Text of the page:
One of the great parts of our most recent trip to the Balkans was that it pushed me out of my comfort zone. Normally when I travel I obsessively and compulsively project manage the living hell out of the whole thing. To the point where almost every minute of every day is accounted for in some way or another. I’d attribute this proclivity to my business training, but that’d be lying – I’ve been like this forever. But anyway, being that there was only a week between booking tickets and departing on this adventure, I didn’t have the time to plan everything. And thus, I didn’t realize when we left that we were destined to fall in love with Skopje, Macedonia.
I mean, what’s not to love about all of this quirky, Yugoslav-era, “communist” architecture?
By the time we’d arrived in Skopje, I’d read a couple of articles by bloggers on the city, but nothing in too great of detail about the extant architecture. I knew it was undergoing a radical facelift – and boy, it looked like Las Vegas’ ugly sister had some low rent work in Tijuana. Yikes. The new buildings were ostentatious and not much to my taste. But, as I wrote about Tbilisi’s similar (but not quite as drastic) transformation, it’s none of my business how development manifests across the developing world.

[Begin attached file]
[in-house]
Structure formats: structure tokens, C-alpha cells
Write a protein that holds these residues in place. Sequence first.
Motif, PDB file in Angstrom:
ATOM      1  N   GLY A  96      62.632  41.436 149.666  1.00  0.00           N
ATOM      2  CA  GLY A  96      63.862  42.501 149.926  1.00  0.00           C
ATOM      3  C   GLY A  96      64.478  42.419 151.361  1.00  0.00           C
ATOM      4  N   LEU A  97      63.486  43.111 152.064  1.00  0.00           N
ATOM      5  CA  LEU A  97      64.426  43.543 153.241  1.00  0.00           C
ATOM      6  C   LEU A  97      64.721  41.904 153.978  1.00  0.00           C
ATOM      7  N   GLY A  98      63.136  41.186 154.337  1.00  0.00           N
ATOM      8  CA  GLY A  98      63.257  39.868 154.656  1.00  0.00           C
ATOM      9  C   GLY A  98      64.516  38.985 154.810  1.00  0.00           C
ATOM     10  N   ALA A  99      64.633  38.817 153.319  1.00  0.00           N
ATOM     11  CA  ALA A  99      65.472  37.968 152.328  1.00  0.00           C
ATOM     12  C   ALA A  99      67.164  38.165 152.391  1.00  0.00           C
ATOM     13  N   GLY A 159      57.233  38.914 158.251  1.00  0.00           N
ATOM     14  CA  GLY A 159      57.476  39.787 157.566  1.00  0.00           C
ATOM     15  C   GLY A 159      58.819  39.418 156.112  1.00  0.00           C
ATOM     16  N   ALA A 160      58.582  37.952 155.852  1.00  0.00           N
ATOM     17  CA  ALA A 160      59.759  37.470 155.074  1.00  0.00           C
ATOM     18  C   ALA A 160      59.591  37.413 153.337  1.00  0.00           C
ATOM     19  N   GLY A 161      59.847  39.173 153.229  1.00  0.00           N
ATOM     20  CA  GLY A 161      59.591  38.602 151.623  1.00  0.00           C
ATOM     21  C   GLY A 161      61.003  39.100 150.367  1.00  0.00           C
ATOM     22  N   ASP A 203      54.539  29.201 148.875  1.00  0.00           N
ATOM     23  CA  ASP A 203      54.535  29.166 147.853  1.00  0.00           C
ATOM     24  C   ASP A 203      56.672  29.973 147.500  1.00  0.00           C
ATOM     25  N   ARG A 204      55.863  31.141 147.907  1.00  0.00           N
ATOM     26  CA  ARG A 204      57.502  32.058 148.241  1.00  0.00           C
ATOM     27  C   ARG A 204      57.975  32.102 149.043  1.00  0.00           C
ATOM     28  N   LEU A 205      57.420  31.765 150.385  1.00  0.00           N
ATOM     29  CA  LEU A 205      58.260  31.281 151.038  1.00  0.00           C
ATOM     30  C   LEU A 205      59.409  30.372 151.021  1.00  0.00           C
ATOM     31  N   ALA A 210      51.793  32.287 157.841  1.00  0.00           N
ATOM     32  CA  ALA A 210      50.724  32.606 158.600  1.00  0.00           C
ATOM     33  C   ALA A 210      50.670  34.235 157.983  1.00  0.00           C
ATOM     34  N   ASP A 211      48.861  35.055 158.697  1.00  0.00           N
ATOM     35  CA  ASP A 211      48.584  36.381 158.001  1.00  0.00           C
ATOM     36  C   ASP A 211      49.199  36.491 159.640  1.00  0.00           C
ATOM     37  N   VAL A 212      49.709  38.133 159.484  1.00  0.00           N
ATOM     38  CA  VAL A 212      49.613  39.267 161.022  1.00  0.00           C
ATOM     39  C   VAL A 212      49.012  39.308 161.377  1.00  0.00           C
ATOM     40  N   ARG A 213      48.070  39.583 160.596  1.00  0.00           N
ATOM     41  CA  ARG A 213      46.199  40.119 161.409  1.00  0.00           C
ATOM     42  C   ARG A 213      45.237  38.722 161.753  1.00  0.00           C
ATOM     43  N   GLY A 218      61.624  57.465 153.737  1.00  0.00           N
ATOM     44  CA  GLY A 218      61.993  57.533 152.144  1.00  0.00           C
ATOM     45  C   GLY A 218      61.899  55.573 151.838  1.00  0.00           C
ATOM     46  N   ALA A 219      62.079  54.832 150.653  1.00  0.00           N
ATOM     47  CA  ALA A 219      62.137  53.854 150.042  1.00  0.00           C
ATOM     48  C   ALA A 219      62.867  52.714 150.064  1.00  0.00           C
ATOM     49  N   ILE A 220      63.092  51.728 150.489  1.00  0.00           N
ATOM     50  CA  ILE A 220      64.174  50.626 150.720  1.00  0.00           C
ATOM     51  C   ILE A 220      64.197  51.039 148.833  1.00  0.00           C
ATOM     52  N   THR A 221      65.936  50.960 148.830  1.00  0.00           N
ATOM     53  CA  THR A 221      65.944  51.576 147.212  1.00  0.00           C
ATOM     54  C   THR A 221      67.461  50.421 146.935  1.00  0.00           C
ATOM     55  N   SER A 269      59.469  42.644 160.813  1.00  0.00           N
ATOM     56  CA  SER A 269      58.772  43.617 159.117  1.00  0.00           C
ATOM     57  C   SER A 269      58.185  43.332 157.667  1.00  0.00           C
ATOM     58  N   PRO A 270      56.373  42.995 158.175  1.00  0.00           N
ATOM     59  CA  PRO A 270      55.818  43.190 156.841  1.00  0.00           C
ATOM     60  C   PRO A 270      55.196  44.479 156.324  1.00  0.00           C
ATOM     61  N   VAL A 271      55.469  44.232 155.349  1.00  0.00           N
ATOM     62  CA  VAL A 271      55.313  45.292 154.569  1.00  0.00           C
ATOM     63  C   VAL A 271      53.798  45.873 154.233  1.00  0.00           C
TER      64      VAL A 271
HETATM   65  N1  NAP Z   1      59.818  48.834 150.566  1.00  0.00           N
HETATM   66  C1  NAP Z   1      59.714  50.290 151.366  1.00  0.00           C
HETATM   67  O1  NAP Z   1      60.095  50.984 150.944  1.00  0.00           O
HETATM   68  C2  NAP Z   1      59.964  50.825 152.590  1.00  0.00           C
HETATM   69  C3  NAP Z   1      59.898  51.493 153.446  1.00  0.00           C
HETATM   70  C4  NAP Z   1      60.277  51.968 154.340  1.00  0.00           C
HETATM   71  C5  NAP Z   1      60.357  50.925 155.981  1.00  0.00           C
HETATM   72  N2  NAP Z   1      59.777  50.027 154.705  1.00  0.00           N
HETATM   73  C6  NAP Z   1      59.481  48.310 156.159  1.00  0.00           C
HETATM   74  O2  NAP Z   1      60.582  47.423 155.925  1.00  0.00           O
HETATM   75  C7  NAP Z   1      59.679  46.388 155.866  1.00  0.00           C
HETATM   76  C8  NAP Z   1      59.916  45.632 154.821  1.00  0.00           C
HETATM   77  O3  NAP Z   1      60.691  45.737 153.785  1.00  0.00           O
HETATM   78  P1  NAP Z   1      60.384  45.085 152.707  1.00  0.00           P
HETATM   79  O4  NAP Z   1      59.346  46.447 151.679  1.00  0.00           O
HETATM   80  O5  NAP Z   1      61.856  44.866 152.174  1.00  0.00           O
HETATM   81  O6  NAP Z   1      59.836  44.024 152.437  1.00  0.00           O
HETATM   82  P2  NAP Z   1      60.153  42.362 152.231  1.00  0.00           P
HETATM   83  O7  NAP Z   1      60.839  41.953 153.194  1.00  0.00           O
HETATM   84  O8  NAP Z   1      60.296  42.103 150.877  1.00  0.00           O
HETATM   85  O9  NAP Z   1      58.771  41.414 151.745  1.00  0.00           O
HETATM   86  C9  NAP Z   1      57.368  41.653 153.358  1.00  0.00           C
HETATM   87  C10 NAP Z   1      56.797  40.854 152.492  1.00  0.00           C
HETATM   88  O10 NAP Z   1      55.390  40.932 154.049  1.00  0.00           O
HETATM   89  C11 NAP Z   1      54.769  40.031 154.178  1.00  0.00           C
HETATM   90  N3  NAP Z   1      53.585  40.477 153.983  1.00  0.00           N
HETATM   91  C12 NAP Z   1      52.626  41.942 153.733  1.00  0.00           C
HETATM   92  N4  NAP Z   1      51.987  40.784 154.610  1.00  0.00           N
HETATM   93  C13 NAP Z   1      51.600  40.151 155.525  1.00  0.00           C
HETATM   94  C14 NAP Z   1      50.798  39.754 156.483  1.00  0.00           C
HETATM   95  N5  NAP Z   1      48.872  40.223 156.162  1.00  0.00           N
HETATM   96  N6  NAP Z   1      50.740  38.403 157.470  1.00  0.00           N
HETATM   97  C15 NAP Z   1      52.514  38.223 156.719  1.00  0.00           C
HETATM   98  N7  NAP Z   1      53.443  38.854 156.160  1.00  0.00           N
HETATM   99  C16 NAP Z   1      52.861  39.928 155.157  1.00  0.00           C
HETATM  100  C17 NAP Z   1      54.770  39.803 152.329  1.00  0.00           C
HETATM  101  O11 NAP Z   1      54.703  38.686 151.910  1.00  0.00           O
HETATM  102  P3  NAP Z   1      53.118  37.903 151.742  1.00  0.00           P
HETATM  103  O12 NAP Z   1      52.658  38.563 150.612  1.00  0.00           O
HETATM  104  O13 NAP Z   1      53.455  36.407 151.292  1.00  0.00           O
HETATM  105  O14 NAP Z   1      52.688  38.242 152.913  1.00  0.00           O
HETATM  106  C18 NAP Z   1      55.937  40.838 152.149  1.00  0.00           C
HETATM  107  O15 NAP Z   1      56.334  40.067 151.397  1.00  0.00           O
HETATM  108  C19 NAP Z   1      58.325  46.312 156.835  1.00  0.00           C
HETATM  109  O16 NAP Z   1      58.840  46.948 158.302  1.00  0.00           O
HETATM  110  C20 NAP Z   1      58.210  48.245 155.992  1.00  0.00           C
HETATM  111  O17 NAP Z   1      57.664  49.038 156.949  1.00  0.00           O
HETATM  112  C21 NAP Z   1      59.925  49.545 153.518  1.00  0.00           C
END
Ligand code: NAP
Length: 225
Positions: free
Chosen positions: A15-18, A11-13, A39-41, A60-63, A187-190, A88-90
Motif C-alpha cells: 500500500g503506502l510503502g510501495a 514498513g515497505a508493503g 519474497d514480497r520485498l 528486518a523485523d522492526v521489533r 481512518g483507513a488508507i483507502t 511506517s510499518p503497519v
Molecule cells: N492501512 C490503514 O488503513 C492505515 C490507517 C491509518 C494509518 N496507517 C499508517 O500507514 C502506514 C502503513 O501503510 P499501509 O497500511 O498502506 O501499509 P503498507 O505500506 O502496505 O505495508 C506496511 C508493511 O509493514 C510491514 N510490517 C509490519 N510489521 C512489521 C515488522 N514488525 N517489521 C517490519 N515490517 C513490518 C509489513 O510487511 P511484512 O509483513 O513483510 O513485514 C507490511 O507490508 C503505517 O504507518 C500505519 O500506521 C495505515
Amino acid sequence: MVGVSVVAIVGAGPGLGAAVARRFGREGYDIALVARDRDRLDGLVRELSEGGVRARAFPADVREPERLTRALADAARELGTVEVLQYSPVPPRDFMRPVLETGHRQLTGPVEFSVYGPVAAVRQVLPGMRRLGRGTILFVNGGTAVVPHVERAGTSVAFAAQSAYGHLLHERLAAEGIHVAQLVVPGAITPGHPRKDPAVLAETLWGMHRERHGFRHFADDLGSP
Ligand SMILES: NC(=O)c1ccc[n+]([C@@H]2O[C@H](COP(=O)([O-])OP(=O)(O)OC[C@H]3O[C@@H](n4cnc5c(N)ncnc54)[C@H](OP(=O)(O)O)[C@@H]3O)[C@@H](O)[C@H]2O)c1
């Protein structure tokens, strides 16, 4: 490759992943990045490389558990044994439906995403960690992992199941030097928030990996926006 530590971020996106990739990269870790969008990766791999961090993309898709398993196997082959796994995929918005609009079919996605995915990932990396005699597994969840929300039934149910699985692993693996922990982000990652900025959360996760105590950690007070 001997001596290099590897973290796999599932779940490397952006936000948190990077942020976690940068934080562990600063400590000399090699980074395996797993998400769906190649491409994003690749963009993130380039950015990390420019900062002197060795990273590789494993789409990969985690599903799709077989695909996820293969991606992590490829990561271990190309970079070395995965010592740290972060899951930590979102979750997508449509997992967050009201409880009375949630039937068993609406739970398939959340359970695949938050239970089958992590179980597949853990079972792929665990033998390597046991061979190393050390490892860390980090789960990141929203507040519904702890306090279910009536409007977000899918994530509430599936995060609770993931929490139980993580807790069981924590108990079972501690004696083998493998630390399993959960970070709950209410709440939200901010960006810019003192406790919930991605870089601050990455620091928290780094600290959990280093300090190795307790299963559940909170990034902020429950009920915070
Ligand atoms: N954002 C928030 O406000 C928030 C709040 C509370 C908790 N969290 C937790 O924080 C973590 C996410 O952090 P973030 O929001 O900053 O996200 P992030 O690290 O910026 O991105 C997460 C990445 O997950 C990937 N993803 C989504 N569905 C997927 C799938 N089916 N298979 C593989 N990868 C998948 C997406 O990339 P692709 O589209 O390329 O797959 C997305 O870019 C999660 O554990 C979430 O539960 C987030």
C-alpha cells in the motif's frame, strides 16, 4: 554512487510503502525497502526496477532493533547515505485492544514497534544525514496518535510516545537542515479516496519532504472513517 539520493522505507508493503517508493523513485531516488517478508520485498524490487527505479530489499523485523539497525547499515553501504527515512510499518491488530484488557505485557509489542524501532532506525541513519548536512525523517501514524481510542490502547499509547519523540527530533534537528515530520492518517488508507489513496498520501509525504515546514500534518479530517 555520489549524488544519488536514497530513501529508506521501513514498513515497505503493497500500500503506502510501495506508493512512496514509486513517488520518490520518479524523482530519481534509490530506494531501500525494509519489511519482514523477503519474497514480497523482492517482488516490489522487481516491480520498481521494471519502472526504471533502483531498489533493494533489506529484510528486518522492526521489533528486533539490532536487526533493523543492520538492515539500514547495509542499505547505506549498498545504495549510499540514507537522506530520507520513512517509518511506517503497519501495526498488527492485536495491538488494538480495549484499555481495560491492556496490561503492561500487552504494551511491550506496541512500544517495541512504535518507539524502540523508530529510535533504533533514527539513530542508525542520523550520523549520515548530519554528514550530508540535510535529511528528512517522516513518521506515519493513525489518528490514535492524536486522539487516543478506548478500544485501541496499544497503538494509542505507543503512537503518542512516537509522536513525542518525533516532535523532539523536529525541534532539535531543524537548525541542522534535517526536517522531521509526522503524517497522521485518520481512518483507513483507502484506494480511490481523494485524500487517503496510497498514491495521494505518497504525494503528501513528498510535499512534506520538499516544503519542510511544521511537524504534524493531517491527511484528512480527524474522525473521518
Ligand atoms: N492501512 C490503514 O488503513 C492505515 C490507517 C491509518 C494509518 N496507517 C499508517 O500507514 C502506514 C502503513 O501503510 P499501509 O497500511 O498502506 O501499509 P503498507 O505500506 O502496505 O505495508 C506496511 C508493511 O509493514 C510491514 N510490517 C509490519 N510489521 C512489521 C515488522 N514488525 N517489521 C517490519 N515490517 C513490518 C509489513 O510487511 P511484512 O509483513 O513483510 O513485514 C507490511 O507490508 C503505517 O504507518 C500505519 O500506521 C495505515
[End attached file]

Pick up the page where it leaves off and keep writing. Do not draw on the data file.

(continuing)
What is my business, however, were all of the glorious brutal structures from decades past. I’m talking about those glorious 70s and 80s, when brutalist/Stalinist/whatever-you-want-to-call-it megastructures were in vogue.
Speaking of vogue…
Walking down the streets of Skopje, David and I might as well have been extras from the seminal documentary “Paris is Burning” (or maybe just drag queens from “RuPaul’s Drag Race”) the way we were snapping at and cat calling the aging structures.
Sure, we liked Skopje for other reasons as well. The markets were great, particularly the green market – bursting at the seams with red peppers in preparation for families making ajvar – think marinara, but with a bell pepper base instead of tomatoes.
And there was a decent Mexican restaurant where we ate twice (shame). And the random booksellers on the sides of the roads selling ancient books organized in no particular way? We maybe liked them the most.
But when we think back to our time in Macedonia’s stranger than life capital, we think about the architecture. For a much more in depth read on the architecture of Skopje, pre 2014 facelift, I highly recommend Nate’s article on it over at Yomadic, as well as this one featured on Roads and Kingdoms. They’re both far more articulate than my kneejerk catcalling.